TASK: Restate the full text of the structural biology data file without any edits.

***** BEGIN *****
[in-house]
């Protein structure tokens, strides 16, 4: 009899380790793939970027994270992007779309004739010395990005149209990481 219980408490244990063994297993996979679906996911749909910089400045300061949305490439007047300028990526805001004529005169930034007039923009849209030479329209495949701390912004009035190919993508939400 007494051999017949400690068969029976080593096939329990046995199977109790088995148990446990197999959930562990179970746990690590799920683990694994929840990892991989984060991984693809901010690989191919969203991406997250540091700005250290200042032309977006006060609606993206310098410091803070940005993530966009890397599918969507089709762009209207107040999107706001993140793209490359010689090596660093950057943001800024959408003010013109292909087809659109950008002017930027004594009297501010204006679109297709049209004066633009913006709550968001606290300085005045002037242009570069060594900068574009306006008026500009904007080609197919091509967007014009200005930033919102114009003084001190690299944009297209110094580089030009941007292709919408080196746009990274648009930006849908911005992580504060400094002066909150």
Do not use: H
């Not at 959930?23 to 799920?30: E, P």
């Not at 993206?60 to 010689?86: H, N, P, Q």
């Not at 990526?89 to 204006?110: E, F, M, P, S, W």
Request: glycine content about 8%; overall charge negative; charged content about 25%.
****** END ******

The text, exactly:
[in-house]
């Protein structure tokens, strides 16, 4: 009899380790793939970027994270992007779309004739010395990005149209990481 219980408490244990063994297993996979679906996911749909910089400045300061949305490439007047300028990526805001004529005169930034007039923009849209030479329209495949701390912004009035190919993508939400 007494051999017949400690068969029976080593096939329990046995199977109790088995148990446990197999959930562990179970746990690590799920683990694994929840990892991989984060991984693809901010690989191919969203991406997250540091700005250290200042032309977006006060609606993206310098410091803070940005993530966009890397599918969507089709762009209207107040999107706001993140793209490359010689090596660093950057943001800024959408003010013109292909087809659109950008002017930027004594009297501010204006679109297709049209004066633009913006709550968001606290300085005045002037242009570069060594900068574009306006008026500009904007080609197919091509967007014009200005930033919102114009003084001190690299944009297209110094580089030009941007292709919408080196746009990274648009930006849908911005992580504060400094002066909150």
Do not use: H
């Not at 959930?23 to 799920?30: E, P």
């Not at 993206?60 to 010689?86: H, N, P, Q």
């Not at 990526?89 to 204006?110: E, F, M, P, S, W």
Request: glycine content about 8%; overall charge negative; charged content about 25%.